Dimitar Berbatov, renowned for his successful soccer career spanning various top-flight leagues, is embarking on a new challenge. After scoring more than 250 goals and clinching 10 trophies during his career, he’s now set his sights on reshaping the football landscape in his native Bulgaria.
Berbatov’s motivation doesn’t stem from personal gain or power but rather from a desire to share his wealth of knowledge and experience acquired from playing at the highest level in Europe. He has teamed up with former football players like Stiliyan Petrov and Martin Petrov, collectively determined to bring about change in Bulgarian soccer.
However, their path to transformation is fraught with obstacles, primarily due to controversies surrounding the Bulgarian Football Union (BFU) and its current president, Borislav Mihaylov. In 2019, Mihaylov resigned as BFU president after England players reported experiencing racist abuse during a match against Bulgaria in Sofia. The union cited “an environment damaging to Bulgarian football” as the reason for his resignation. Before the game, Mihaylov had controversially dismissed England’s concerns about potential racist abuse.
Bulgarian Prime Minister Boyko Borissov also called for Mihaylov’s resignation following the match, asserting that Bulgaria should not be associated with racism and xenophobia. Mihaylov, however, denied that Borissov’s remarks prompted his resignation, claiming it was unrelated.
This incident in 2019 wasn’t the only racism scandal linked to the BFU’s leadership. Earlier in the year, the BFU’s technical director, Georgi Ivanov, made controversial comments about non-Bulgarian players of “other skin color” not playing for the national team during his tenure.
Despite these issues, Mihaylov was re-elected as BFU president for a fifth term in 2021. Berbatov, who also ran for the position, contested the election results, arguing that Mihaylov’s victory was unfair. The speaker of congress had initially announced that 242 votes were required to win, yet Mihaylov secured only 241 votes but was still declared the winner. Berbatov promptly challenged this ruling and initiated a lawsuit, which is still awaiting a verdict.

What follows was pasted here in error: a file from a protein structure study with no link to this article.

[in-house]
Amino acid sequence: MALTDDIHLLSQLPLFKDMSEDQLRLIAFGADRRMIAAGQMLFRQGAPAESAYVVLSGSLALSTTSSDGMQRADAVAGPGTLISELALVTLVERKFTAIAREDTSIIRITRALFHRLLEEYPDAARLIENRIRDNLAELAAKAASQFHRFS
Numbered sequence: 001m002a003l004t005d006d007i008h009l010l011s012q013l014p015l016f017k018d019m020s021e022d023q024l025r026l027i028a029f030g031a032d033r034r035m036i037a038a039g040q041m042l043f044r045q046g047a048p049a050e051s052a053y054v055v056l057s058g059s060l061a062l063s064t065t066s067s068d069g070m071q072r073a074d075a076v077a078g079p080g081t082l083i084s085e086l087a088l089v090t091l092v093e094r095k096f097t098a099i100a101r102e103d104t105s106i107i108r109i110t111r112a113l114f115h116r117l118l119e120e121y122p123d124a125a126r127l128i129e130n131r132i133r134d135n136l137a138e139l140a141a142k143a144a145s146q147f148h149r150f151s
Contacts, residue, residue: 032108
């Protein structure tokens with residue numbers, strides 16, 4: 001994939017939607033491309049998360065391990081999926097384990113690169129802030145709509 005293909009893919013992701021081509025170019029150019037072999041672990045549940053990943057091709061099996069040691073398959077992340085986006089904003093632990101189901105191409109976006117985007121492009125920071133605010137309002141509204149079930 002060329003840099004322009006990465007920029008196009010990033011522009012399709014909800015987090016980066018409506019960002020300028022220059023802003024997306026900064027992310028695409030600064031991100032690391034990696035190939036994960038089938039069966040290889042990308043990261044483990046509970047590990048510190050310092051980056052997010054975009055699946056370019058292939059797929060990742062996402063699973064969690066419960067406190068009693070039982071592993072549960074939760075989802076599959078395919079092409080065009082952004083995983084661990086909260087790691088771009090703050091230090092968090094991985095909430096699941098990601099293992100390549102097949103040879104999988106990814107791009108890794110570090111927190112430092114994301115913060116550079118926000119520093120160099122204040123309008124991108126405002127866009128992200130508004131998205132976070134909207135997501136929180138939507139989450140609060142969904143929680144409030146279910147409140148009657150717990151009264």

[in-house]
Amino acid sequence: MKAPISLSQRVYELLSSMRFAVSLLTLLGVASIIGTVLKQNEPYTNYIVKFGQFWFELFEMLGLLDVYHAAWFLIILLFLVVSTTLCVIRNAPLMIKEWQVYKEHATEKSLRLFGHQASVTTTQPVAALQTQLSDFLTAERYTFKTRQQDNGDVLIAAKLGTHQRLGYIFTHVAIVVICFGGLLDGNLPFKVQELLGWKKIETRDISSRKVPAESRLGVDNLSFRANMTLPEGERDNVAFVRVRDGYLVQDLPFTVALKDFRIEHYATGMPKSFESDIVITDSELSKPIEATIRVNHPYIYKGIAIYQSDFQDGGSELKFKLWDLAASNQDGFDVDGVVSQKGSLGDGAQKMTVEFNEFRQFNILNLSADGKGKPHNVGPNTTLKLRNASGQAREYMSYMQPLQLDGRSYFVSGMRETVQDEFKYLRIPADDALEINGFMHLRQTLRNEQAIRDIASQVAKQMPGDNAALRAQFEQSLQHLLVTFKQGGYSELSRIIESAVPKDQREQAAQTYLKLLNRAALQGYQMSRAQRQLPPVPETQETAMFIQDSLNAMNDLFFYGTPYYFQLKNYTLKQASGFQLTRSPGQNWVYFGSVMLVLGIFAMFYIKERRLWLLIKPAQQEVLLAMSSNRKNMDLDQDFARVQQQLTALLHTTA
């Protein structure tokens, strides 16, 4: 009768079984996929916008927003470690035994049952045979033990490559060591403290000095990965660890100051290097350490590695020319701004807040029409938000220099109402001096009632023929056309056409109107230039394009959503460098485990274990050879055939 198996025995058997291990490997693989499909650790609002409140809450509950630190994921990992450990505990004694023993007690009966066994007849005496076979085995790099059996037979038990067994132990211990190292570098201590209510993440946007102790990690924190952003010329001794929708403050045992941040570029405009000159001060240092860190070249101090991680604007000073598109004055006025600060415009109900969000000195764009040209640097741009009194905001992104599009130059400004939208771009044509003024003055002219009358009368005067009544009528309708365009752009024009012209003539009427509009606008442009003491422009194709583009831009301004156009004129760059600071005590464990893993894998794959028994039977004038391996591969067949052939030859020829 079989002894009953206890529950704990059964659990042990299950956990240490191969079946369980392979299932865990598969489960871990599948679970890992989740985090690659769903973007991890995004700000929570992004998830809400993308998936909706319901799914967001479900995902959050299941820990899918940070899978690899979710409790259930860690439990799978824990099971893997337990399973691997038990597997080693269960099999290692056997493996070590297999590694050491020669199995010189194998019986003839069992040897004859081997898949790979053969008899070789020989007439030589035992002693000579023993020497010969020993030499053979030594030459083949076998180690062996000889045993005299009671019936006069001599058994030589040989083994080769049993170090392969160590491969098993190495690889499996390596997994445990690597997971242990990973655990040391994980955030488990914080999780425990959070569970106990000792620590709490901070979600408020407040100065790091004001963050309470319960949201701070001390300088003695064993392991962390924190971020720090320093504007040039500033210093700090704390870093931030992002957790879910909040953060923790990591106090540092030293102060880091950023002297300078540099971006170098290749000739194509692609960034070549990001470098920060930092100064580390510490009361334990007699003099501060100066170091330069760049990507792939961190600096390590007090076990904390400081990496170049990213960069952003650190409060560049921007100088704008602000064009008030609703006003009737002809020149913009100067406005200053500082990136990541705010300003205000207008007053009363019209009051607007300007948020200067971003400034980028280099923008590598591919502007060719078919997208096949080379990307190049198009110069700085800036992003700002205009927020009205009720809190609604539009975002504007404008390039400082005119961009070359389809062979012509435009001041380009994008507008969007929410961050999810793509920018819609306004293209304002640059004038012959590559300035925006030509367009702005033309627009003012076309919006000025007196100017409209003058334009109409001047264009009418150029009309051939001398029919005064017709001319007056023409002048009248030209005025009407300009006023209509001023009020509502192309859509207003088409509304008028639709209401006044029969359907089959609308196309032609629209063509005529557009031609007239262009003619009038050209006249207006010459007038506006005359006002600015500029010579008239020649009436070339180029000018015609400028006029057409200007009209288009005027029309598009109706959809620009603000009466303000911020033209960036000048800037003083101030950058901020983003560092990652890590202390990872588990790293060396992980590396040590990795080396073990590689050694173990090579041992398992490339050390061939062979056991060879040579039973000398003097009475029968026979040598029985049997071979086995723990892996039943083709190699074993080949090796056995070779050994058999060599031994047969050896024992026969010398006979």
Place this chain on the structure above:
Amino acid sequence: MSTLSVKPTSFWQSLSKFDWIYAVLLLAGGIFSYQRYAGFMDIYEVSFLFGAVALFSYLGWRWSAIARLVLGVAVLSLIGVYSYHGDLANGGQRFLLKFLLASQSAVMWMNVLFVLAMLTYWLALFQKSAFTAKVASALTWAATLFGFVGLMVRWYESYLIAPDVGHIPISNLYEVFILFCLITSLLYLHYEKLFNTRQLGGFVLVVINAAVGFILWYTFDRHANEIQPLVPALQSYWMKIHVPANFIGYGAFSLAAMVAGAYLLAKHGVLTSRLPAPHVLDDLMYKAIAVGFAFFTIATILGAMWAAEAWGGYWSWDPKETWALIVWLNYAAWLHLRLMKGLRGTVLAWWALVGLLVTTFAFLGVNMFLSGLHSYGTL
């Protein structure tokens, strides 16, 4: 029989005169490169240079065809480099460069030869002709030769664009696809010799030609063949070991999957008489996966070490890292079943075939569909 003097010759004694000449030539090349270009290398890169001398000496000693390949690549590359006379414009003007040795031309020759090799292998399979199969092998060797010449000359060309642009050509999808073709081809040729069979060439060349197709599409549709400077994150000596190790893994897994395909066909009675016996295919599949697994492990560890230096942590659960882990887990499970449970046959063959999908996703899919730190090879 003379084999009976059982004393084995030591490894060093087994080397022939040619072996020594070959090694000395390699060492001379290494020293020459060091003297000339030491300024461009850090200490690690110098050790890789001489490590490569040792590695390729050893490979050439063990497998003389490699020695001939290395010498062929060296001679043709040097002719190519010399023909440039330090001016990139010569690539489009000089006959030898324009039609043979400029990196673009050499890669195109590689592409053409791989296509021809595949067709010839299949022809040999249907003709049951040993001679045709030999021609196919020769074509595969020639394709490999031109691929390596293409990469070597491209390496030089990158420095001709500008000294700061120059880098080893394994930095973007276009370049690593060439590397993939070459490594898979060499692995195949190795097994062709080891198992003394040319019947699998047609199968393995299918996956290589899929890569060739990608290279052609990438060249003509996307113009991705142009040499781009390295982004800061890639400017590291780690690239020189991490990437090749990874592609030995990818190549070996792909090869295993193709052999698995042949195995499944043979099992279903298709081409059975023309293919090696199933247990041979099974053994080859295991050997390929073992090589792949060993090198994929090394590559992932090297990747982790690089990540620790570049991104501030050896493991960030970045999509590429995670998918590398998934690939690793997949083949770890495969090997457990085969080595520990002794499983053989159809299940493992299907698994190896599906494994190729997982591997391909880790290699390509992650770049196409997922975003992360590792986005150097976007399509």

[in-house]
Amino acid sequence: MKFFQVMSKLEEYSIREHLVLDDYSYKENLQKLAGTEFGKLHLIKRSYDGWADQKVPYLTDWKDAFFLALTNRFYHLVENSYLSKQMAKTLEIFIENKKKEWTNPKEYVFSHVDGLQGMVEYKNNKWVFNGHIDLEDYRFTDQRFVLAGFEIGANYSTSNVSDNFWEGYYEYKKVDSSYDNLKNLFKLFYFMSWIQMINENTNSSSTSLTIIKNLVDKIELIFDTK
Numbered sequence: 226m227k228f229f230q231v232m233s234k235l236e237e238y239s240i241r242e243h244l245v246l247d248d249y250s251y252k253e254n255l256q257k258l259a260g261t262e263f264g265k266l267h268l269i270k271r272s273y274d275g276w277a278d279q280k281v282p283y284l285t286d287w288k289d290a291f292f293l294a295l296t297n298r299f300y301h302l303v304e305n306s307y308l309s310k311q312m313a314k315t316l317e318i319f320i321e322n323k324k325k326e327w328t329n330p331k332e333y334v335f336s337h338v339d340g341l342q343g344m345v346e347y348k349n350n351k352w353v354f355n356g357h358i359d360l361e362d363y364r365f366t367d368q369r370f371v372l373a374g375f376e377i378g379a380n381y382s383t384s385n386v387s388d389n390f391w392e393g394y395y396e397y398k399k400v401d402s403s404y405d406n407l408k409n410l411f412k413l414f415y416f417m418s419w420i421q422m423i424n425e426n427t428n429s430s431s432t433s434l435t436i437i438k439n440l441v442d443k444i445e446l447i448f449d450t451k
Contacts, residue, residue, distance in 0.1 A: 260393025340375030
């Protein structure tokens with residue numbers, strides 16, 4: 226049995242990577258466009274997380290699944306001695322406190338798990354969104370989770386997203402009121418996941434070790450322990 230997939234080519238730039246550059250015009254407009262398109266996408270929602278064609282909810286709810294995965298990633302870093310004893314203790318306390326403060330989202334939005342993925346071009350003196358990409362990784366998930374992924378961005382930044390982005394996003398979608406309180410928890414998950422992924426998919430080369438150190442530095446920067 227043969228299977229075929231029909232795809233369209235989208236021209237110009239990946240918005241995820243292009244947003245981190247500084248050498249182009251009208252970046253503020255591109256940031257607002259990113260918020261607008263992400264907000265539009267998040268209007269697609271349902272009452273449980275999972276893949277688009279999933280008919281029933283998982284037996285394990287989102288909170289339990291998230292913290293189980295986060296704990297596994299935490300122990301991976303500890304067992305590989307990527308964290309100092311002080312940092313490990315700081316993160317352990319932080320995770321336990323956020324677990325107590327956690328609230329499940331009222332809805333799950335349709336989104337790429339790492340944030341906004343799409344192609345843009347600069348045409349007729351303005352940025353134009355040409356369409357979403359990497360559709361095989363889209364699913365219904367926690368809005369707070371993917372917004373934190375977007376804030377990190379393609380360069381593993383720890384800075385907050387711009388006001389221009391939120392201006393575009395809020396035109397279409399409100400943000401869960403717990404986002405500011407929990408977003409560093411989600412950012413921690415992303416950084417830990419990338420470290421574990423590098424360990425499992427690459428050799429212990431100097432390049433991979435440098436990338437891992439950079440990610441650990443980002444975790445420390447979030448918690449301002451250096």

Berbatov emphasizes the importance of fair play and transparency, stating, “When it was done the right way, you have nothing to say. But when it’s done the wrong way, you need to signal everyone to see what is going on.”
The congress ultimately upheld the decision that 241 votes were sufficient for victory, a decision that Berbatov’s court case seeks to overturn.
In response, the BFU maintains that Mihaylov’s victory is legitimate and recognized by FIFA and UEFA officials. They argue that Berbatov’s claims are baseless since there are no scheduled presidential elections.
Despite Mihaylov’s long tenure as BFU president, discontent has been brewing among Bulgarian soccer fans. Protests erupted during Bulgaria’s European Championship qualifying match against Hungary in Sofia, targeting the BFU’s executive board due to a string of poor results by the men’s national team. Some protesters carried signs and wore t-shirts criticizing Mihaylov’s leadership.
The game itself was surrounded by controversy as it was relocated multiple times, with the final decision being to play it behind closed doors due to security concerns and the risk of public disorder.
Berbatov points out that the national team’s lack of success reflects broader issues within Bulgarian soccer. He says, “It’s obvious that the system is not working because, since 2005 until the present day, we have failed to qualify for any major tournament as a nation.”
Bulgaria’s last major international tournament appearance was at Euro 2004, and the nation hasn’t participated in the World Cup since 1998.
As one of Bulgaria’s most famous soccer exports, Berbatov is deeply committed to improving the sport in his home country. He envisions a future where Bulgarian soccer thrives with better infrastructure, facilities, and opportunities for young talent.
While waiting for the court’s decision regarding the 2021 congress, Berbatov is also pushing for soccer’s governing bodies to investigate the circumstances surrounding Mihaylov’s election. He believes that FIFA and UEFA should actively prevent incidents like this from happening within their federations.
In response to these concerns, UEFA stated that it had not found anything suspicious in its examination of the election process in BFU and that it would monitor the ongoing legal case.
Despite the challenges, Berbatov remains resolute, believing that positive change is attainable. He states, “We will succeed; there is no doubting that. Hopefully, FIFA and UEFA will wake up and try to investigate.”
Berbatov’s determination to reform Bulgarian soccer reflects a broader desire for a brighter future for the sport in his homeland.